About CR Shoreline Arts & Transformations on the Shore
On July 1 (Canada Day) 1996, well-known local artist Max Chickite stood working on an old stump that had been on the beach for many years.
After 10 hours, a remarkable octopus appeared from the wood and “Octy” was born. Octy was a gift to the city from Max.
A few days later, vandals cut off the Octopus’ head and stole it, but it was found 11 days later on a logging road. Max repaired the charred, damaged head and returned it to Octy’s body.
The vandalism caused furor and is the reason the Driftwood-Carving Competition was started. It was felt that since a city could be so upset about the damage to one carving, it would surely appreciate a city filled with carvings.
“Transformations on the Shore” began in 1997 and has been seen by thousands and thousands. Visitors and local residents love to watch the carvers at work and enjoy the carvings that are left along the Sea Walk and throughout the City of Campbell River.
The Octopus has had other adventures as well, but he is still standing proudly (although much smaller) in his spot looking across Discovery Passage (on the 50th Parallel).
The Campbell River Shoreline Arts Society works long, hard hours to bring this exciting event into being. We appreciate the support of the whole community to keep it going and will be celebrating our 23rd Anniversary.
The carvings increase tourism in Campbell River with carving tours and events. We are becoming “The Carving Centre of British Columbia”.
About founder Max Chickite
Max Chickite (See Wees Great Paddler) is a Lekwiltok First Nations’ artist, born in 1958 and raised in the Cape Mudge village, which is located on Quadra Island, a short ferry ride from Campbell River.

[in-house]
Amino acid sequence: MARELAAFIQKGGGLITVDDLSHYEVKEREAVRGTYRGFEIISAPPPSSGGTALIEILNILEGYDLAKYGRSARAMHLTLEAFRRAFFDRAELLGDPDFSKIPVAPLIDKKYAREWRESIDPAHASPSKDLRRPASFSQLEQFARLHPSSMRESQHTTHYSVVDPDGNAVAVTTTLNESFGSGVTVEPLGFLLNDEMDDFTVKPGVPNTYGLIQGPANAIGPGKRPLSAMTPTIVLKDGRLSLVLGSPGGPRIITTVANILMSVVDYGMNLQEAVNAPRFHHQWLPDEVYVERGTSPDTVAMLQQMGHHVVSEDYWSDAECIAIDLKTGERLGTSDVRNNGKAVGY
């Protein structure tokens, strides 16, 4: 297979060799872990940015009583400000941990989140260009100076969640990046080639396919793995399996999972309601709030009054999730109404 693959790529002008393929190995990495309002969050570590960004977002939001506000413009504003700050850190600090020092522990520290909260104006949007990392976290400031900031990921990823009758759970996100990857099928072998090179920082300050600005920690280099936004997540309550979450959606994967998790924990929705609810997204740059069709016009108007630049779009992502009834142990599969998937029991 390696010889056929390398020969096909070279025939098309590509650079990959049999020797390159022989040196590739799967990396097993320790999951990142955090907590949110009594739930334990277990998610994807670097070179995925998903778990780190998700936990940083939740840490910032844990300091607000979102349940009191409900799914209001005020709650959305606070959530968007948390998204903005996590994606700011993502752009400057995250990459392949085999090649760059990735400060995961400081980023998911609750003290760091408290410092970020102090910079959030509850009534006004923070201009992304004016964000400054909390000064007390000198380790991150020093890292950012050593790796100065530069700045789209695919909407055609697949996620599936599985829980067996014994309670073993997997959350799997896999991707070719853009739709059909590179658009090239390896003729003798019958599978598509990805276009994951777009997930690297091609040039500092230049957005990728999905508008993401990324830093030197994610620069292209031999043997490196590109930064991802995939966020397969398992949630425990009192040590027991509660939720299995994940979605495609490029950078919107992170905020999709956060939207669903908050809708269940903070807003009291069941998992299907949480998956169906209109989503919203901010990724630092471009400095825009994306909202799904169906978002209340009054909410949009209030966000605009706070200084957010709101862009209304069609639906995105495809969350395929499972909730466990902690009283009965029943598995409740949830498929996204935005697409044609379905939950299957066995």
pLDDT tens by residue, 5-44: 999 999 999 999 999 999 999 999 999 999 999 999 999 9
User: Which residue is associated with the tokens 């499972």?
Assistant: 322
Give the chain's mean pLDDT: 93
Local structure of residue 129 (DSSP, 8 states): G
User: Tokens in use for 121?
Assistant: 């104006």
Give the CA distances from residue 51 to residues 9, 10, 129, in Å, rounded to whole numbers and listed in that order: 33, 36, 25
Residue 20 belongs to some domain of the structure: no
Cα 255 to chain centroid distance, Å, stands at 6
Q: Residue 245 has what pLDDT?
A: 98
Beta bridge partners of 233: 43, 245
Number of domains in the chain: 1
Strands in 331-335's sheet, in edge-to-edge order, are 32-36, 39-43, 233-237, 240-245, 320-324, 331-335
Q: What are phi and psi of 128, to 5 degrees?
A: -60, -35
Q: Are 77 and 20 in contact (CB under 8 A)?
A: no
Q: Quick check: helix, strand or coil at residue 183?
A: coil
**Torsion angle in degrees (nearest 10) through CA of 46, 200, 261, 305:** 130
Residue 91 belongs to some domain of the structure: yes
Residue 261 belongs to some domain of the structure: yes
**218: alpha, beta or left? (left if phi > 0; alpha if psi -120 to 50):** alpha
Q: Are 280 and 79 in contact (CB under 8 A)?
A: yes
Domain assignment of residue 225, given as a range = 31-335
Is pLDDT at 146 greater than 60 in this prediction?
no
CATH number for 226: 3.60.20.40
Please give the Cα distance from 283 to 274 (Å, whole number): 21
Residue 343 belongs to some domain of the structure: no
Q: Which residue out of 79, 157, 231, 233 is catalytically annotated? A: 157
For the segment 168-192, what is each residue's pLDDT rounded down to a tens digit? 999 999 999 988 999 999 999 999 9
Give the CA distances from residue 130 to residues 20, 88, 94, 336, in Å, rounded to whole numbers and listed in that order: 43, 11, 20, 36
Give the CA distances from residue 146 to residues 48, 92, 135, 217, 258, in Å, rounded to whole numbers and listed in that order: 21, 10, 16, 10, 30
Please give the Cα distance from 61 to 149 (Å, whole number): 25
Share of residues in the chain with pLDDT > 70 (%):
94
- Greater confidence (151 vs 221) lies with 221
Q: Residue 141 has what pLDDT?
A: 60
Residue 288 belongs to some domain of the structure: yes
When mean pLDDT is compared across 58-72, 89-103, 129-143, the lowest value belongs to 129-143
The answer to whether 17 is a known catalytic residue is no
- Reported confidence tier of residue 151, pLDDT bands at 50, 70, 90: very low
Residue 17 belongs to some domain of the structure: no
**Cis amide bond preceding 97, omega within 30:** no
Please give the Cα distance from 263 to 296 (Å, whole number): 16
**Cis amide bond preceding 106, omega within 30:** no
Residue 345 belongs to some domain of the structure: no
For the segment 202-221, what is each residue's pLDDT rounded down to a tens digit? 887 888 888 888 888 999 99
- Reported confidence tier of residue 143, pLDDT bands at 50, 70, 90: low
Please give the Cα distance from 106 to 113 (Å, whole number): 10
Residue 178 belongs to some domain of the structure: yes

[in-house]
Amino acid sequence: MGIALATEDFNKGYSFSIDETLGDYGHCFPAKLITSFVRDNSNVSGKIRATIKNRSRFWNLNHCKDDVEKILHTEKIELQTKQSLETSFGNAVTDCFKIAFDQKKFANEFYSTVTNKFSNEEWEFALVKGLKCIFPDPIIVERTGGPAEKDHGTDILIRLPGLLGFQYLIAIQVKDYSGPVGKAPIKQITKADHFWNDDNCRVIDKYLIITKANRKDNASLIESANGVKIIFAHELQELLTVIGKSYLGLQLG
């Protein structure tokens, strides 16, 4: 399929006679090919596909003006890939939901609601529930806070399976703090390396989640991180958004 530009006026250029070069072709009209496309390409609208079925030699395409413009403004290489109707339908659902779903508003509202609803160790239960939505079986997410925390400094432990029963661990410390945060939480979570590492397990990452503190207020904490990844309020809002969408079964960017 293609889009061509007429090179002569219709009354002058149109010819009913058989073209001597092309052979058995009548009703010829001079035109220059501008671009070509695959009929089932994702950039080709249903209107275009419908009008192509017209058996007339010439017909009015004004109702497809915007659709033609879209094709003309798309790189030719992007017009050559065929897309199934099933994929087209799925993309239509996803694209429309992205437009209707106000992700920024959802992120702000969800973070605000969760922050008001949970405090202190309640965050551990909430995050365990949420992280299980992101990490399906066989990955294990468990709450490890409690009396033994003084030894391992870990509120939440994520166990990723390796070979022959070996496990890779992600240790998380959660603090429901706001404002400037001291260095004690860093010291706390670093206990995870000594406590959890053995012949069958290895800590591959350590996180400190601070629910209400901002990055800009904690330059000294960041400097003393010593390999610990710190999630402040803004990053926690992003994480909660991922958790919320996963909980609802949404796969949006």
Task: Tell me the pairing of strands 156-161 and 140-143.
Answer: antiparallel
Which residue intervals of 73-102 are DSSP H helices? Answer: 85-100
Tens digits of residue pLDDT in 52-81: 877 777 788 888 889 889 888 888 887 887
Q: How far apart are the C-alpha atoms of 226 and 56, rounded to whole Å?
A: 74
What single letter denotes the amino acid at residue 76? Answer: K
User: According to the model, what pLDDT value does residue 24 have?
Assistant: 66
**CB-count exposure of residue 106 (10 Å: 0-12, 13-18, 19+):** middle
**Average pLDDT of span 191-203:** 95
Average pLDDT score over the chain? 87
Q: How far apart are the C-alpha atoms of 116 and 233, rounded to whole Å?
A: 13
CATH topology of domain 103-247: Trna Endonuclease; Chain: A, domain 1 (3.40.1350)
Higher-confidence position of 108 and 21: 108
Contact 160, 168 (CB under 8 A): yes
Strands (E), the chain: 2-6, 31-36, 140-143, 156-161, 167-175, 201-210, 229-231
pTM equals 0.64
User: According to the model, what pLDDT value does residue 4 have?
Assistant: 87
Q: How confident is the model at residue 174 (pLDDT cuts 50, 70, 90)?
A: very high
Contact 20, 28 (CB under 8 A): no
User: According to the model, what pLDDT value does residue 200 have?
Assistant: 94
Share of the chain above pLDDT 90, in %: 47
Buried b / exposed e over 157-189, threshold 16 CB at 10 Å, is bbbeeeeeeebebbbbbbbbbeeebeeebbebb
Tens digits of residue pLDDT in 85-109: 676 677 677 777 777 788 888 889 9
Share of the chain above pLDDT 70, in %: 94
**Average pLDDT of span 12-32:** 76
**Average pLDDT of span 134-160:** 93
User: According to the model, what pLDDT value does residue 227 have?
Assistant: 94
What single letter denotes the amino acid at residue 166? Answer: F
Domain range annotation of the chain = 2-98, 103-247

Max is the great grandson of the late Chief Johnny Chickite. He makes his home in Campbell River with his wife and two daughters, but works carving movie sets in various locations. Max spends the summer months commercial fishing.
Max began drawing, painting and carving at age eleven. His early studies of his First Nations’ Kwagulth heritage is reflected in both his paintings and carvings.
Max enjoys spending time sharing his knowledge of the First Nations’ art by volunteering his time in many of the schools within the community.
He demonstrates the fine art of carving masks to the students, showing them the tools that are used, while explaining both the technical side of carving as well as the stories associated with many of the carvings used in his culture.
1994 was a landmark year in the budding career of this most talented artist. Max will be well remembered in his community for the Bakwus (wild man of the woods) carving he did. Bakwus won an Award of Excellence in Campbell River, BC and then in Cumberland, BC. It was then chosen for the poster of the “Images & Objects” Exhibition for the Provincial Exhibition which was held in Campbell River for the BC Festival of the Arts. Max was awarded one of only five Awards of Excellence in the show.
In 1996 Max saw a vision in an old stump on the beach in his community. He transformed that stump into an octopus and chose to leave it on the beach for everyone to enjoy. The community responded with great appreciation for this wonderful gift.
In 1997 Max’s career as a carver went in a whole new direction for him. He was recognized for his skills in carving and was hired by Walt Disney to be a sculptor for the movie, ‘Eaters of the Dead’. In 1997 Max was very honoured to be nominated ‘Citizen of the Year’ in Campbell River.
Barb Comeau was also down on the beach that day and saw Max creating his work, was impressed, and stopped to talk about it and together they founded the Campbell River Shoreline Arts Society “Transformations On The Shore” which this year celebrates its 23rd Annual Event.